Culture

Saturday Cartoon: The Persistence of Destino

6 Aug 2016 7:25am, by

Here’s the story of how a five-year-old YouTube video of a 13-year-old cartoon from a 70-year-old idea suddenly gained a new life on social media in 2016.

The video is Salvador Dalí’s Long Lost Collaboration With Walt Disney. It’s a mysterious and haunting seven-minute cartoon full of bright colors and shifting shapes. A woman walks across a desert toward an enormous (and faceless) marble sculpture. Suddenly the woman is larger than the sculpture — is this a dream? — as she embraces it, shrinks it, and apparently disappears into a mysterious portal…

 

“In 1946, two legendary artists began collaboration on a short film,” explains a title card at the video’s beginning. “More than half a century later, their creation has finally been completed.”

The video’s description describes this as the story of Chronos, the mythological personification time itself from ancient Greece. Here Dali has gone beyond painting melty watches draped across tree branches. He’s telling a story about time itself!

It’s strangely appropriate that the cartoon is about time — since the project itself seems to have fallen through at least eight different decades.

Destino is unique in that its production originally began in 1945, 58 years before its eventual completion,” explained an intriguing entry on Wikipedia. Disney studios decided the project wasn’t commercially viable — until two generations later when Walt’s 69-year-old nephew Roy finally resurrected the project with a small team of approximately 25 animators.

Using both hand-drawn and computer animation, they completed the seven-minute film, including the 17 seconds of footage that was completed back in 1946 — a surreal segment which involves two tortoises). It was released in theaters in 2003, and also nominated for an academy award for best short subject, and then screened at various Salvador Dali exhibitions. It turned up on a 2010 Blu-ray disk from Disney, as part of the Fantasia & Fantasia 2000 Special Edition.

What a combination, the famous Spanish surrealist painter — the king of the avant-garde — teaming up with Walt Disney, the animating everyman from the midwest who always seemed to have his heart on Main Street, U.S.A.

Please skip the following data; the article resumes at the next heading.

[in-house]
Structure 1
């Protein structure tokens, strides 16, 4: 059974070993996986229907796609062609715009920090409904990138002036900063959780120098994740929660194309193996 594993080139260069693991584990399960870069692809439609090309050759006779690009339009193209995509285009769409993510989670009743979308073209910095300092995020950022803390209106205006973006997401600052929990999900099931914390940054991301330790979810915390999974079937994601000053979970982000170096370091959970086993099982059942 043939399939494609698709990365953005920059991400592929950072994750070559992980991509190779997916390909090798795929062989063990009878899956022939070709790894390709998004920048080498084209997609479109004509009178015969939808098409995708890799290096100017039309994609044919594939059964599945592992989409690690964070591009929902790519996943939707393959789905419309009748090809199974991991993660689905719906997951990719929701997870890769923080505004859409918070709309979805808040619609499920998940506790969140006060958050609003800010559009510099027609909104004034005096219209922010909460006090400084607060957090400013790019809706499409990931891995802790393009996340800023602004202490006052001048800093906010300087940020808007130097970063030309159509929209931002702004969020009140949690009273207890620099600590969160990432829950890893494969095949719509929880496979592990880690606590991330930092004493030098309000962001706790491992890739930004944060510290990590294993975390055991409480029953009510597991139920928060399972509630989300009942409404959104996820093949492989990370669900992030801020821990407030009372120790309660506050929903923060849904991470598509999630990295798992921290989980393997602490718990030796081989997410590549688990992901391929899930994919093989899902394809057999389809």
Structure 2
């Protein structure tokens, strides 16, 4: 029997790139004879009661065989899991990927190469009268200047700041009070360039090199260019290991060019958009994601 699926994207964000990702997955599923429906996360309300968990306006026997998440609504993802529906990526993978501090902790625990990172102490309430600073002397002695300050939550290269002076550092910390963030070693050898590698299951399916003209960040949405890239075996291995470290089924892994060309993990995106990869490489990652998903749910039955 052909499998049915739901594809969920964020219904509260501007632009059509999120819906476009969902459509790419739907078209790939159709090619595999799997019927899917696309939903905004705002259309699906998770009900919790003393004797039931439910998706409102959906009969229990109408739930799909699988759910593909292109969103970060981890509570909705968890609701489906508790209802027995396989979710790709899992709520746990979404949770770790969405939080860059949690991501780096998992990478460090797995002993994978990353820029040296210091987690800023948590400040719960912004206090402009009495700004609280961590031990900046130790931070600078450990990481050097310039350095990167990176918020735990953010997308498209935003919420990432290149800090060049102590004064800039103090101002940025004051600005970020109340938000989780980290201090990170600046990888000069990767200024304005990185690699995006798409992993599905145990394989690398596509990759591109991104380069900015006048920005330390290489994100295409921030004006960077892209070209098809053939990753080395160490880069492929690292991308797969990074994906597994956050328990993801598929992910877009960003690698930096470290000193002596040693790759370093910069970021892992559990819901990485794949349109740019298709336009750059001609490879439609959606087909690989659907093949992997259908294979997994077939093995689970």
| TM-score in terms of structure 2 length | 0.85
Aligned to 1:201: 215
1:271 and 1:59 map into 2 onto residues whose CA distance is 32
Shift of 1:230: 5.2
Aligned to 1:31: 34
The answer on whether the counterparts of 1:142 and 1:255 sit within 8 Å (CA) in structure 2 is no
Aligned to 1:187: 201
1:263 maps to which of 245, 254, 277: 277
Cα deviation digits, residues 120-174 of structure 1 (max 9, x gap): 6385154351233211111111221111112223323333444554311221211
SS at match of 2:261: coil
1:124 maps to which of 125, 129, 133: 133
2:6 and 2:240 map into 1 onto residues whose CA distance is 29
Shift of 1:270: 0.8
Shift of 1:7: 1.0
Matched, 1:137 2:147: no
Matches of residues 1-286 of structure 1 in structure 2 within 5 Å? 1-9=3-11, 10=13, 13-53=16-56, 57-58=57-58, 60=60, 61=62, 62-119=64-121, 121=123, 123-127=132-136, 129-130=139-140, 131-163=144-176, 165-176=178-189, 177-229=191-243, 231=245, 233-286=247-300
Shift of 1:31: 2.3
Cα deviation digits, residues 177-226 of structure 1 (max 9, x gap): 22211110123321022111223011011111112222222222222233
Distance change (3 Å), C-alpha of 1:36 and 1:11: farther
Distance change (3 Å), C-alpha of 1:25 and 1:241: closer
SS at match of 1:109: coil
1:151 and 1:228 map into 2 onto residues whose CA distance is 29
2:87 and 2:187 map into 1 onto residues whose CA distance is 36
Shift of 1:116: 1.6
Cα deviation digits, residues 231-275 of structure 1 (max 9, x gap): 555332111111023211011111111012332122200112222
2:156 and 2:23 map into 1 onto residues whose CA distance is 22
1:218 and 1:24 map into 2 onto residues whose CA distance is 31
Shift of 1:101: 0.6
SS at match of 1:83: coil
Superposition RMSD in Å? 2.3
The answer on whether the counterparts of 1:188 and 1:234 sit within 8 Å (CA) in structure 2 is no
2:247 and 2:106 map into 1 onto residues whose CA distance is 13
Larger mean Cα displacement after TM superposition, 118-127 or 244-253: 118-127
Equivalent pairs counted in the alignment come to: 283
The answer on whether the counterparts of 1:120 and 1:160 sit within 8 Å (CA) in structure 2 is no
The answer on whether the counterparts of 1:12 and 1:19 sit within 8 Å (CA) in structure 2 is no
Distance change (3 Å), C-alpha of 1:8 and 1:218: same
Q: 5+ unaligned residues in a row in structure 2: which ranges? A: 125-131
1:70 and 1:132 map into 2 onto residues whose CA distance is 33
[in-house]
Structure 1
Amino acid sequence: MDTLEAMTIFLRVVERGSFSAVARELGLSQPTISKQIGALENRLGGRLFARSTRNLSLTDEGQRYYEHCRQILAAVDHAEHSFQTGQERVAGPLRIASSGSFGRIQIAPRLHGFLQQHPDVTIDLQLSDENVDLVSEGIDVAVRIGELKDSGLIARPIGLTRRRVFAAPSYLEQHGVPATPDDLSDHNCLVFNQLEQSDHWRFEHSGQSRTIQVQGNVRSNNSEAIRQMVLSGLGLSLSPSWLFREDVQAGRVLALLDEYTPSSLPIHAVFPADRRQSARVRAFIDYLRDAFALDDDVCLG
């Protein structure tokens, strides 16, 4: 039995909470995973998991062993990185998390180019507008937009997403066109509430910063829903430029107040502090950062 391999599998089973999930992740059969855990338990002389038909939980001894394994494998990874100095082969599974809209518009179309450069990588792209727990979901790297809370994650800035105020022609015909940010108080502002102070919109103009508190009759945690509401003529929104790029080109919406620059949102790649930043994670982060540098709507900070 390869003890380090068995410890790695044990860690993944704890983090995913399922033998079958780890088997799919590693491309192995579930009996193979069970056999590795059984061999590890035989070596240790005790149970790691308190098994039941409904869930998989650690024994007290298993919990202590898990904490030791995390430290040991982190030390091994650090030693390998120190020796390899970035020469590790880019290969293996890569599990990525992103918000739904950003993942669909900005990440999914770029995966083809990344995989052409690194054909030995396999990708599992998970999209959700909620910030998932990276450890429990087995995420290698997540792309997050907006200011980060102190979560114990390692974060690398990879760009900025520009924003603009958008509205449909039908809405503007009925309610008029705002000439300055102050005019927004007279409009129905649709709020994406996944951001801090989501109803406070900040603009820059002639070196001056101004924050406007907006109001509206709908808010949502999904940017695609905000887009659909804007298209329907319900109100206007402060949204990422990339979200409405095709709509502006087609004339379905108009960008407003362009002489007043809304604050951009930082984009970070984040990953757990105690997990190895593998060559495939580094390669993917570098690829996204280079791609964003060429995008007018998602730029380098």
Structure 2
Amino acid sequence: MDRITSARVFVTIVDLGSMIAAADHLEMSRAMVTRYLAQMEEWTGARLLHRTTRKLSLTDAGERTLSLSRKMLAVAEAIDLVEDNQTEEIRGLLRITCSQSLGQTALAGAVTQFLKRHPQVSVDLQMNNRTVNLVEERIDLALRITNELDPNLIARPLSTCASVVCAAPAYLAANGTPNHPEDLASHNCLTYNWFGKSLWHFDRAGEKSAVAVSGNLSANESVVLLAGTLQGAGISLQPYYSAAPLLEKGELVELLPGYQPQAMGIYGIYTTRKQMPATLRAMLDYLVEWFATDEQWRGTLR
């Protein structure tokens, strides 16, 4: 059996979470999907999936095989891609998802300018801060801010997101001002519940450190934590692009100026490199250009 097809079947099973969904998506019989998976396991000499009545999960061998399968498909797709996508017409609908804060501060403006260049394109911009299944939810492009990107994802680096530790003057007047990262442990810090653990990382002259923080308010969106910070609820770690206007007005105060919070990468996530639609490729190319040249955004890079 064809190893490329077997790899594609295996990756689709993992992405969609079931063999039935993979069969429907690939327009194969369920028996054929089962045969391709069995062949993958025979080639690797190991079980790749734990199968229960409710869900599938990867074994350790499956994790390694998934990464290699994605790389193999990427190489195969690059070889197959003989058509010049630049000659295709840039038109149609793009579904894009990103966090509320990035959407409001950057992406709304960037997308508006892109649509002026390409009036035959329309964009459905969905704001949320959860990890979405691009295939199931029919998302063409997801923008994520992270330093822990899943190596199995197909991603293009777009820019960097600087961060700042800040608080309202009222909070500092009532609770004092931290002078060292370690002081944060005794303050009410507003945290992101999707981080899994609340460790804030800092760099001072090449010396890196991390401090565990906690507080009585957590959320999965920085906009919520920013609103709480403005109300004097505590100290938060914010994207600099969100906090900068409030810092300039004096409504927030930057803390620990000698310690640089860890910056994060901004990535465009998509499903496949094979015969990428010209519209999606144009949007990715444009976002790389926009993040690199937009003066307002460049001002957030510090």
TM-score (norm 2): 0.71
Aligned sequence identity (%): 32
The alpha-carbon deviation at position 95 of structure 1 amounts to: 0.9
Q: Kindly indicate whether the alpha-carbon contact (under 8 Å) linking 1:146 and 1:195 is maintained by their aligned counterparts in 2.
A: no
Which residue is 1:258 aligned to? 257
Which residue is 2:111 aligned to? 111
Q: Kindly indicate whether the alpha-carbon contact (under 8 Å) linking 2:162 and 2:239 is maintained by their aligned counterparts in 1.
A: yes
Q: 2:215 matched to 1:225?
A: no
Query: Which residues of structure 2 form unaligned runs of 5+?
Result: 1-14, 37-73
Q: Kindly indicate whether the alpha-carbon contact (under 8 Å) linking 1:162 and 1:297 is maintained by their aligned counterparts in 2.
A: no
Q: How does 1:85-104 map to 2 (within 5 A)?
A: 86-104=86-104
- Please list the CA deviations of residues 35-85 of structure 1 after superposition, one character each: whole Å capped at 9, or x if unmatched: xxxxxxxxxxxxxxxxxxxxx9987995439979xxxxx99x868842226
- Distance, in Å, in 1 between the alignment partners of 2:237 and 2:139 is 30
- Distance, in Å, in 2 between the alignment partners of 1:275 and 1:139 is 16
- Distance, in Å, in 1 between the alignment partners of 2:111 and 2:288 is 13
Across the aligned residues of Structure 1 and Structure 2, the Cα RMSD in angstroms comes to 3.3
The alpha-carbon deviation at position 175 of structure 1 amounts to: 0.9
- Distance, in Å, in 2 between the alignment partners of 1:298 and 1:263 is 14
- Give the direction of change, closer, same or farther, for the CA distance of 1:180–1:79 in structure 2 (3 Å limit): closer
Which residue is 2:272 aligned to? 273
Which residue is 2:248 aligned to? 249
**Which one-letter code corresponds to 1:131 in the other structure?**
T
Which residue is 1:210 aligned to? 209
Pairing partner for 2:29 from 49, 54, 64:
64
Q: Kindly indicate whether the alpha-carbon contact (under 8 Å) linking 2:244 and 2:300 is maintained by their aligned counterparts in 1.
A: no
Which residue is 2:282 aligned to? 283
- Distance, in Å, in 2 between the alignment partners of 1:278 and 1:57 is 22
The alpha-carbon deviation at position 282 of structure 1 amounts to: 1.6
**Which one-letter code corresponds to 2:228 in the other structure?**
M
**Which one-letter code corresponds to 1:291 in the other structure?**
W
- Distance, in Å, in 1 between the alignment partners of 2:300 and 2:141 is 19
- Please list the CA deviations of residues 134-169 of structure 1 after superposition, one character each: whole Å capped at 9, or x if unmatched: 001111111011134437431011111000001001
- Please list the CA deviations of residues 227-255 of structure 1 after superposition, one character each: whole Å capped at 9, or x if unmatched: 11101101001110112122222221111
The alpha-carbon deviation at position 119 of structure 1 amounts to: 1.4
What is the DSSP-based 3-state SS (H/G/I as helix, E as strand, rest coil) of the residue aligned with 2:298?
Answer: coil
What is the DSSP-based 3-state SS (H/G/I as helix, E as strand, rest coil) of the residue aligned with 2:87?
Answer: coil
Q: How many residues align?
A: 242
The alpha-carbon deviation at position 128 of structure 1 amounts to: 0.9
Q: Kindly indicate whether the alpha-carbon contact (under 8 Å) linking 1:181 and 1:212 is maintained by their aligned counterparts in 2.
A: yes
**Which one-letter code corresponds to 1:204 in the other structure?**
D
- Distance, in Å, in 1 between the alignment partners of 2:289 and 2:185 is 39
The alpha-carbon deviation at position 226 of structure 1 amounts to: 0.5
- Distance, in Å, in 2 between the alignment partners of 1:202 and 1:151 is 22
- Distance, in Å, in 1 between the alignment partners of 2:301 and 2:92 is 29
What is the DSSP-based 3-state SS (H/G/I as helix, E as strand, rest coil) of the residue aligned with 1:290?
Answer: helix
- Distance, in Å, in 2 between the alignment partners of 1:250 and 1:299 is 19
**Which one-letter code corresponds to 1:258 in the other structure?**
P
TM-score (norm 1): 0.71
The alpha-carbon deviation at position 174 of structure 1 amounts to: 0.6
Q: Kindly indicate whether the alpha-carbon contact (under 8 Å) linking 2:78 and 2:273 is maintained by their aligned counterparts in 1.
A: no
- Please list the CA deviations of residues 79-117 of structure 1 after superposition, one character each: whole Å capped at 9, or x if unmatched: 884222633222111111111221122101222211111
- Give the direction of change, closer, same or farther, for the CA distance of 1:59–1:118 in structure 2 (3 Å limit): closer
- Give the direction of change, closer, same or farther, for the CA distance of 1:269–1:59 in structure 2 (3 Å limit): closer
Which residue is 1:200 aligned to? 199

But of course, the real mystery is how is this available on the internet? When the video turned up on YouTube in 2011, its uploader was identified as a nondescript user named ‘JOnas3MokaQ.’ Maybe there really is a Disney copyright holder named JOnas3MokaQ. Or maybe Walt Disney’s copyright lawyers decided to call off the dogs because of the cultural importance of this once-in-a-lifetime artistic collaboration.

But whatever happened, there was one final twist. After 3.5 million views, the video is now being embedded on a site called Nameless.TV. It’s a site that’s still in beta, a New York-based startup (formerly NYC.TV) that was launched with funding from a Kickstarter campaign, according to TechCrunch.

The company “was supposed to recapture the ‘anything goes’ spirit of public access television by funding local video creators [but] the audience interest just wasn’t high enough,” and it’s now re-launching itself as a video aggregator with its own online “channels.” Its current selection of channels includes everything from “Weird Internet” to “Drone Tourism”, and even some video highlights from the Olympics in Rio.

And of course, the one-off collaboration by two of the 20th Century’s most influential artists.

 


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